By Randy Pelish
“The dead don’t die”? Of course, they do, and that is the point of this Jim Jarmusch paean to the great George Romero. Small town America is invaded by the undead and as Bill Murray’s deputy Adam Driver repeatedly says, “…this is not going to end well….”
Unlike the Romero 1968 classic Night of the Living Dead humanity is not saved. Why is that? In a word, hubris.
The good and bad are swept up by the zombies and devoured. We are repeatedly warned by the news media of the inevitable danger of fracking and the polar axis shift. The local residents seem oblivious to the threat. Even young hipsters, like the older hipsters who created this fine film, are victims of the unrelenting appetite of capitalism. They are merely so much grist for its voracious mill.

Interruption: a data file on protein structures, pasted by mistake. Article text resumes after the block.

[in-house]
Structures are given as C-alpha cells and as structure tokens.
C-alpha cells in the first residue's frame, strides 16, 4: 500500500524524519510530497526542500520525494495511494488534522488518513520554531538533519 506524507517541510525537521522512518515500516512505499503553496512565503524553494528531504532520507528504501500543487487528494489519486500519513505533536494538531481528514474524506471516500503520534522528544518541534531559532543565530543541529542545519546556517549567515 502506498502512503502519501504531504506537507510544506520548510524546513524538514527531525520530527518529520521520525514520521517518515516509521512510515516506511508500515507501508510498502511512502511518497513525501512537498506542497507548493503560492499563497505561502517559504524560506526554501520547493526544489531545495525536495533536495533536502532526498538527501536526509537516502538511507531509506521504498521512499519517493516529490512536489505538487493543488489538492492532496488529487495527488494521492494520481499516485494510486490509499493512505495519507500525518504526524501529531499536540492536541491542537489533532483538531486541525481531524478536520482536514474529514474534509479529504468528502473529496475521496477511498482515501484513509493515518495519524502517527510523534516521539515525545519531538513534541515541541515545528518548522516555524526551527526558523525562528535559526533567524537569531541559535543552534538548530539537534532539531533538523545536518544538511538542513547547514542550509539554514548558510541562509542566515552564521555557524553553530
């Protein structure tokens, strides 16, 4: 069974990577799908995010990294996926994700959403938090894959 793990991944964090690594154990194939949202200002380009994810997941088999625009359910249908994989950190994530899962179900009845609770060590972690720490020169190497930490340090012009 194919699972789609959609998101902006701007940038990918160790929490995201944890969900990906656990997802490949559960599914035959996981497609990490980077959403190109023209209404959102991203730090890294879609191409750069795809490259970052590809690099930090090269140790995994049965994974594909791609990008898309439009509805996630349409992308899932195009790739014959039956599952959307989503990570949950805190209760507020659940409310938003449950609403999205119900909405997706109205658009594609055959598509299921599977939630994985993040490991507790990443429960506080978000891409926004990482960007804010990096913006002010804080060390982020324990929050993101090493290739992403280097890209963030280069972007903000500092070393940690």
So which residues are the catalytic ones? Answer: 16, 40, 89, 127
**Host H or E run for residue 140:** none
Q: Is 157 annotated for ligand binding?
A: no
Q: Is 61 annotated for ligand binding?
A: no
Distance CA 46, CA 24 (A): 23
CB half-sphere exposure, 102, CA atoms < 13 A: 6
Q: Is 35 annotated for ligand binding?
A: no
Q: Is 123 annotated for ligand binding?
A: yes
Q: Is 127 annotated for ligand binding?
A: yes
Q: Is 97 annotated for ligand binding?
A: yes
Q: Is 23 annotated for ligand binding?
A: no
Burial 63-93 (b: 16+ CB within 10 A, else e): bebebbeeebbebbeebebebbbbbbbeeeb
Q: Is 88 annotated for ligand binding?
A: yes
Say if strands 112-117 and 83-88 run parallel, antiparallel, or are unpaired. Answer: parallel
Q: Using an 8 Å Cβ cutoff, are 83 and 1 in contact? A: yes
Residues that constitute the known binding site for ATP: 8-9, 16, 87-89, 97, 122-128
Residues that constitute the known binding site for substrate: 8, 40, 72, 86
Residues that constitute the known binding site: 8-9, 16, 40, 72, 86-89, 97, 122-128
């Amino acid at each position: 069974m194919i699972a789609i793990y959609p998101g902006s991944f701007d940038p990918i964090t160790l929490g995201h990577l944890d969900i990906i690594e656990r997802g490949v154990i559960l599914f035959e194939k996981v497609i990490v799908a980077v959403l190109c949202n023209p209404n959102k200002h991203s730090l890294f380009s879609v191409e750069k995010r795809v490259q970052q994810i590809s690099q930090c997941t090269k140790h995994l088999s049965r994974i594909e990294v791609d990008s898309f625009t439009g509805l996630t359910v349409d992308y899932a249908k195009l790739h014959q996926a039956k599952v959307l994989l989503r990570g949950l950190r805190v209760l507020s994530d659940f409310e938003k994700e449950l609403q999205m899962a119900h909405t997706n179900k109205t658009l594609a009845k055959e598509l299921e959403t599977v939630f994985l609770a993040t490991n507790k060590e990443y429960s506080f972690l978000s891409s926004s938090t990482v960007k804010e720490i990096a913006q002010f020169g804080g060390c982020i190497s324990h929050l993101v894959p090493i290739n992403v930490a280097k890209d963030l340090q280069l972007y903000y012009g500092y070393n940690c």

The “A list” cast goes about their grim tasks with professional zeal. Bill Murray and Adam Driver are particularly well matched. As their relationship becomes increasingly conflicted the audience is inevitably concerned. This film has a large number of excellent performances.
The director, an old hipster himself, has not lost his touch. This morality play is a warning to the citizens of the planet Earth.
Jim Jarmusch has created a stunning portrait of our international failure to address real issues. Self-interest trumps all else. It is a cynical exercise in self-examination of our collective super ego. As the cleric-poet John Donne observed so many centuries ago, “Ask not for whom the bell tolls. It tolls for thee.…” This satire poses a similar question, “will we merrily go to hell”, or shall we try to save ourselves from ourselves? Like Donne we can only pray.
Don’t miss this one, folks.